Louise, 28, is a Senior Physiotherapist at Sue Ryder Neurological Care Centre Lancashire. She started just a month after the centre opened in May 2020, and has been instrumental in providing expert care for her clients. Louise explains that being a physio is a varied and rewarding role, and that Allied Health Professions (AHPs') day on October 14th is an important celebration of the vital work that her and her colleagues across the healthcare sector carry out every day.
“We can make a huge difference to people’s lives”
Louise qualified as a physio when she was 21, and then spent several years working with the NHS, before joining the team at Sue Ryder. A typical day at Sue Ryder consists of overseeing client’s treatments, meeting with families and other health professionals, and working on goal setting and discharge plans. Because Neurological Care Centre Lancashire is so innovative, Louise explains, “we can make a huge difference to people’s lives from across the whole region.”
Louise says that her role is “about getting people home to their families”. She recalls one recent client who she took home after having finished his treatment and “to see his little boy run up to him and hug him was a really special moment”.
Embedding rehabilitation into our care
As a senior member of the team, Louise “helps carers and nurses to embed rehab into their roles” by, for example, encouraging them to allow clients to walk to the toilet themselves if they are able to. She has also been involved in training a new team of Rehabilitation Assistants and Assistant Practitioners. “Now, I couldn’t do my job without them!” she enthuses.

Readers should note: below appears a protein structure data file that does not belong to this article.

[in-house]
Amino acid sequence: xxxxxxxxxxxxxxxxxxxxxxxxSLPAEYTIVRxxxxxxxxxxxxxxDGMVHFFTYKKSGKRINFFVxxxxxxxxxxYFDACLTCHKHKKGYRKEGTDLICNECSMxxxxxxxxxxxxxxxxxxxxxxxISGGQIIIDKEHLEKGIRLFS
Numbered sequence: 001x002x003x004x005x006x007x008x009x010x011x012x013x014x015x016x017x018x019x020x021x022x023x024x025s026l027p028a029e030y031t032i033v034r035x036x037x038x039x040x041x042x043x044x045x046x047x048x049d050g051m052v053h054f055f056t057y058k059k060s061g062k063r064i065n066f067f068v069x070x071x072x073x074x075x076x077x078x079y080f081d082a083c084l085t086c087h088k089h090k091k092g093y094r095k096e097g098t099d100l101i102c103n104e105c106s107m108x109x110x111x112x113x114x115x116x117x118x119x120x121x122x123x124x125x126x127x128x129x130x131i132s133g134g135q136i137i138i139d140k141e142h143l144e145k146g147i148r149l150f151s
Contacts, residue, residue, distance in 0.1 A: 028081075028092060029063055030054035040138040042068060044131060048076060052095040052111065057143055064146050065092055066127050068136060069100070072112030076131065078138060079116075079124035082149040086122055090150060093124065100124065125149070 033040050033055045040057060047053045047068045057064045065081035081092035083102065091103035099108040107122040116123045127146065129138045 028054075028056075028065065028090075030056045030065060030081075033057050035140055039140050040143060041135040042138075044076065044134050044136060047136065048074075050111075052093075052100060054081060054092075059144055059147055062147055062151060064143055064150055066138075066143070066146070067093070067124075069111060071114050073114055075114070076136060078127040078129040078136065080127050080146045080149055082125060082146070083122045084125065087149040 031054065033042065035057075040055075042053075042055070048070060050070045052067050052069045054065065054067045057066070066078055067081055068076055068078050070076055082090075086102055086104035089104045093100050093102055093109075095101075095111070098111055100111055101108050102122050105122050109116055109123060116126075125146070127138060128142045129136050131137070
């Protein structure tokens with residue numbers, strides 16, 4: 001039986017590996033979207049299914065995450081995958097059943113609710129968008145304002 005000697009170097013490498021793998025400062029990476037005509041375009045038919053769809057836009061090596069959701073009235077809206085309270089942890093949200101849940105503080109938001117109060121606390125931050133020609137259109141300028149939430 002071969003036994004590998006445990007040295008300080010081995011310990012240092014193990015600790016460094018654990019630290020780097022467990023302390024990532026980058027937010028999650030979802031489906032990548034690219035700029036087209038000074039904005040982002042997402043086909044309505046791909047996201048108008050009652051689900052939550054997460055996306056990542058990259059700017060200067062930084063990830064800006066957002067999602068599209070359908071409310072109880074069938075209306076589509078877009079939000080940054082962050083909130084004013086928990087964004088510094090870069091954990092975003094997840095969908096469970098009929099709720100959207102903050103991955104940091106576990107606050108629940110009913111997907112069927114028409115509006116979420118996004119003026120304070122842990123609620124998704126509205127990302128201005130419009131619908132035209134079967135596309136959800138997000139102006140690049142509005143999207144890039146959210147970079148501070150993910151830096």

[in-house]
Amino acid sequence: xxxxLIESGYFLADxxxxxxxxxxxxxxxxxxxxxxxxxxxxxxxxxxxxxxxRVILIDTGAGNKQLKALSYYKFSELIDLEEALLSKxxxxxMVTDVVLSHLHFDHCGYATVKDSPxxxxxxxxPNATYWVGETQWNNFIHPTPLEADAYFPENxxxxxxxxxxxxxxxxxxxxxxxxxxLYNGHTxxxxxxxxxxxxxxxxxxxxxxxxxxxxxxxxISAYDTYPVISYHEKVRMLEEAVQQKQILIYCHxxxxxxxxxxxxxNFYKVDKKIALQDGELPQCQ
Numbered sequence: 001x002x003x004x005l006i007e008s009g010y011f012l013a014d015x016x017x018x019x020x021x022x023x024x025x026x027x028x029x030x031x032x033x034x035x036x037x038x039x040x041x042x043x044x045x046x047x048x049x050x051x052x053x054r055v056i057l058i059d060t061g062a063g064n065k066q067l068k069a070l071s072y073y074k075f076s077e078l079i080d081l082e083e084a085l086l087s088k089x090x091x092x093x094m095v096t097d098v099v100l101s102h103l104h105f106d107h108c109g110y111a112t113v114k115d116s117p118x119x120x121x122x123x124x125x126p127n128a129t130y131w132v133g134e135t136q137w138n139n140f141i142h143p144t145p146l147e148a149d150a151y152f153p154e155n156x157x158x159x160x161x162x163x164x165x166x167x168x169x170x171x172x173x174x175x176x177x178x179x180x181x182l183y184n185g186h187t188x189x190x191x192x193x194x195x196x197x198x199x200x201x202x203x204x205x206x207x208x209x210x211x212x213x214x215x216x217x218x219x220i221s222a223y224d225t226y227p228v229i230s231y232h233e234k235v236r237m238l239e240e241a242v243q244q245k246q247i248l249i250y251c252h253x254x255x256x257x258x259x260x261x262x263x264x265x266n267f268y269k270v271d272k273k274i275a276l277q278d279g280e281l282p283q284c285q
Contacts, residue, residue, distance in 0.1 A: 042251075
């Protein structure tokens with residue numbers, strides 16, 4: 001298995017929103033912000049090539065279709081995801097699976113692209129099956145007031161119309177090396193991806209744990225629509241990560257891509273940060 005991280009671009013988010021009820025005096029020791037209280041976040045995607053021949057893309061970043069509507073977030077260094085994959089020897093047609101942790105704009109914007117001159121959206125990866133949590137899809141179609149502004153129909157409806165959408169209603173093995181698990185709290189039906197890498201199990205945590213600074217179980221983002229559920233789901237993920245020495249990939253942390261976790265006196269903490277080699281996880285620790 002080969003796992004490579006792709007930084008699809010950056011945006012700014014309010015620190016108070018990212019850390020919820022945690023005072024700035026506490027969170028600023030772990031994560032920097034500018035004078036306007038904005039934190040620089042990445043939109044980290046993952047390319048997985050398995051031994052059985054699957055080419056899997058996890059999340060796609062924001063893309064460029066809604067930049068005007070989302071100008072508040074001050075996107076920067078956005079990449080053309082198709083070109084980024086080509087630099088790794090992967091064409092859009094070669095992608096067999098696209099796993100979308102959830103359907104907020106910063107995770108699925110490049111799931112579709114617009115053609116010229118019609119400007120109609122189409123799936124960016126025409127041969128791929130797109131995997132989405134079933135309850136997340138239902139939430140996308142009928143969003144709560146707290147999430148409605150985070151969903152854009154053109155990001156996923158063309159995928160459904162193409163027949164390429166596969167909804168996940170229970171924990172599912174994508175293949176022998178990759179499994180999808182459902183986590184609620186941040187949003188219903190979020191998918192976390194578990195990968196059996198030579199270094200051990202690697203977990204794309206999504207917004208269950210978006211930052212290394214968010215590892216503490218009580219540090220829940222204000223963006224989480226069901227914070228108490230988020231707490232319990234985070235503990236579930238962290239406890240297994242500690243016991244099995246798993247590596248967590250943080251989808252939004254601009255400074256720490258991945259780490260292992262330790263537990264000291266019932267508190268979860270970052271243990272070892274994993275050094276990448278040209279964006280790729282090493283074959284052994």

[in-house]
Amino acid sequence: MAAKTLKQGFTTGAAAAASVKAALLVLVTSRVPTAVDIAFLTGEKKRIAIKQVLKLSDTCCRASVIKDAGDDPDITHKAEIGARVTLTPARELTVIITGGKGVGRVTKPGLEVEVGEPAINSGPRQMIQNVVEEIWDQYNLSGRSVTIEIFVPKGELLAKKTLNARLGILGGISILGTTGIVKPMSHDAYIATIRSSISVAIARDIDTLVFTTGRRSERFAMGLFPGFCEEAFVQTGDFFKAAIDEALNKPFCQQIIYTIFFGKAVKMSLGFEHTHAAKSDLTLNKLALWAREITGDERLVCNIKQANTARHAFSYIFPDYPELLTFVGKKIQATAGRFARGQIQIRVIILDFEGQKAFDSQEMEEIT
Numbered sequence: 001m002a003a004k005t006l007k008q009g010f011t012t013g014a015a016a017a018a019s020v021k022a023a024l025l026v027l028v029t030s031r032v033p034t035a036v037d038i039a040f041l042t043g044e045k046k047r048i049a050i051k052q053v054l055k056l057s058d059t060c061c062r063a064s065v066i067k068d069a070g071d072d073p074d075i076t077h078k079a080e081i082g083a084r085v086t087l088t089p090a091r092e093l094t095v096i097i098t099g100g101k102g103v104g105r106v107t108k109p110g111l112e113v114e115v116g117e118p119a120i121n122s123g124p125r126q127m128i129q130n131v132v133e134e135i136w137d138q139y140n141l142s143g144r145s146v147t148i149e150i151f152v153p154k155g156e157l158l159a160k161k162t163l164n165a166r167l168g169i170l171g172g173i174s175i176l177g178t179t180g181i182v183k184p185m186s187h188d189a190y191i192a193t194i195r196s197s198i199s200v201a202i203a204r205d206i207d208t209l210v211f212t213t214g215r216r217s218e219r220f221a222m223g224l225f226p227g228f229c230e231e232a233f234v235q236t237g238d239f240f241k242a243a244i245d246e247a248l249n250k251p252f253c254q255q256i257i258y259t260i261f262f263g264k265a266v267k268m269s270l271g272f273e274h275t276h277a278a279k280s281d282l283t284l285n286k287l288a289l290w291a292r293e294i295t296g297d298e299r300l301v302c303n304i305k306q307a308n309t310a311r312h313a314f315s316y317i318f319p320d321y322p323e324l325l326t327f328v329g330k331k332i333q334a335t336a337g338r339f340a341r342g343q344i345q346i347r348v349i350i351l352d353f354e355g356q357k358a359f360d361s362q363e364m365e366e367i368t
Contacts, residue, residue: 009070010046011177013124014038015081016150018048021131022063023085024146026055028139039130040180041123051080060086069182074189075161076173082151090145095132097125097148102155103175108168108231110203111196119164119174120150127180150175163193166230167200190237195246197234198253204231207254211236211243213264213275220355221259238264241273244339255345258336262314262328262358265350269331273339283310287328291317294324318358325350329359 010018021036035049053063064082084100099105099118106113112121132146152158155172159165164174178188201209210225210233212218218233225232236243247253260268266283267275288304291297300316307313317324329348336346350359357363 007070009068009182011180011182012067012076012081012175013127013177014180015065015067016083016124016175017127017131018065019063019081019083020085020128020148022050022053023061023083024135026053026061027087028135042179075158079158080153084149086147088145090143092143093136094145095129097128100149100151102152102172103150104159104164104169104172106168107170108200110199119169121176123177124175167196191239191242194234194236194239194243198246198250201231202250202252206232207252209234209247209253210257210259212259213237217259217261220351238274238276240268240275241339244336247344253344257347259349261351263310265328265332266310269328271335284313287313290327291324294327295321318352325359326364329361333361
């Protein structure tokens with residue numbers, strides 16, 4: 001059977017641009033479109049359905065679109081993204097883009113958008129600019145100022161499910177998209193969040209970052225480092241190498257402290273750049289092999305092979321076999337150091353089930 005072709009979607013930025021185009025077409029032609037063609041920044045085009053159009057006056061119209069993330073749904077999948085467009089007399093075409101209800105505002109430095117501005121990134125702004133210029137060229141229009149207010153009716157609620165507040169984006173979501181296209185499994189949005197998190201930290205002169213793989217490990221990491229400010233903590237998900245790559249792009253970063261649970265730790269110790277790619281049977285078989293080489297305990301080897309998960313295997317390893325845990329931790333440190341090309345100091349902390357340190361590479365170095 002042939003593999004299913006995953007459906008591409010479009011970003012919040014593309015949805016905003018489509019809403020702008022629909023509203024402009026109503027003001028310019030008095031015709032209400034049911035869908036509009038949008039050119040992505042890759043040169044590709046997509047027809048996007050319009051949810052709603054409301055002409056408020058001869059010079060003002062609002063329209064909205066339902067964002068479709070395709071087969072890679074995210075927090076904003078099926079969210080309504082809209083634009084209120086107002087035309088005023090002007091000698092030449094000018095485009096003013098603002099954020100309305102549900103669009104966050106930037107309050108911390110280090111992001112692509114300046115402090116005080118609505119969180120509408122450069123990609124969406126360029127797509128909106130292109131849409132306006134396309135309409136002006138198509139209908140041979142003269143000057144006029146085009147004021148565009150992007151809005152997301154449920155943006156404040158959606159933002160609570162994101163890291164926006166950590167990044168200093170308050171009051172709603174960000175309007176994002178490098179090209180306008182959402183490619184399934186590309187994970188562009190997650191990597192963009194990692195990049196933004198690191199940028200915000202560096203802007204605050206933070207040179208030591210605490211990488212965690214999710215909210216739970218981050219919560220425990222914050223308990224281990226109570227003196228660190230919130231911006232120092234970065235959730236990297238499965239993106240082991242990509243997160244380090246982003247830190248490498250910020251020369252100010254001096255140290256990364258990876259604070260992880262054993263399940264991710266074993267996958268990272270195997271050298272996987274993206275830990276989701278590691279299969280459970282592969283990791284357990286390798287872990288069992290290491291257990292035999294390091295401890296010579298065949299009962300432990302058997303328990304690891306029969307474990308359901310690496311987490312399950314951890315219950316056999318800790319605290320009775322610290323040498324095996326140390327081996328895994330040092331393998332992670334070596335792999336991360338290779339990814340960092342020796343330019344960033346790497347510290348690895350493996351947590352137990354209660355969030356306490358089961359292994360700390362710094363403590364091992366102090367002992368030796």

Asked why she wanted to become a physio, Louise replies “my biggest reason was to help people. Just being able to help someone get to the toilet on their own, and get that bit of privacy back, is an amazing feeling.” She continues, “Seeing the look on a person’s face when they take their first steps after an accident, and they realise they will be able to recover, it’s really incredible.”
Challenges and opportunities
Inevitably, Covid-19 has thrown up some challenges for Louise and the team, but also presented some new opportunities too. She has been able to allow family members to attend therapy sessions remotely, but has realised “how much families have an impact” on a client’s recovery.
She also describes the difficulty of new clients having to isolate in their room for 14 days on arrival to the centre. She has strived to “help them feel less isolated. You have to put yourself in their shoes and take a person-centred approach.”
“It would be great if we could inspire people to become an AHP in the future”
Asked about her thoughts on the upcoming Allied Health Professions day, Louise says she thinks it’s “great to raise the profile of Allied Health Professionals (AHPs), because we don’t always have the same recognition as doctors and nurses.”
She explains that a Music Therapist recently joined the team, and this was a great example of an AHP that she had “never had the opportunity to work with”, but that they added so many benefits to the care the centre is able to provide.
Ultimately, she says, “it would be great if we could inspire people to become an AHP in the future. If we can convince people to go to university and become the next generation of AHPs, then that’s what it’s all about”.
Allied Health Professions day
Allied Health Professionals are the third largest healthcare workforce and AHPs’ Day on 14th October is a chance for AHPs to celebrate the amazing work they do, and showcase to others the crucial impact they make to care services such as at Neurological Care Centre Lancashire's, both in the local community and nationally.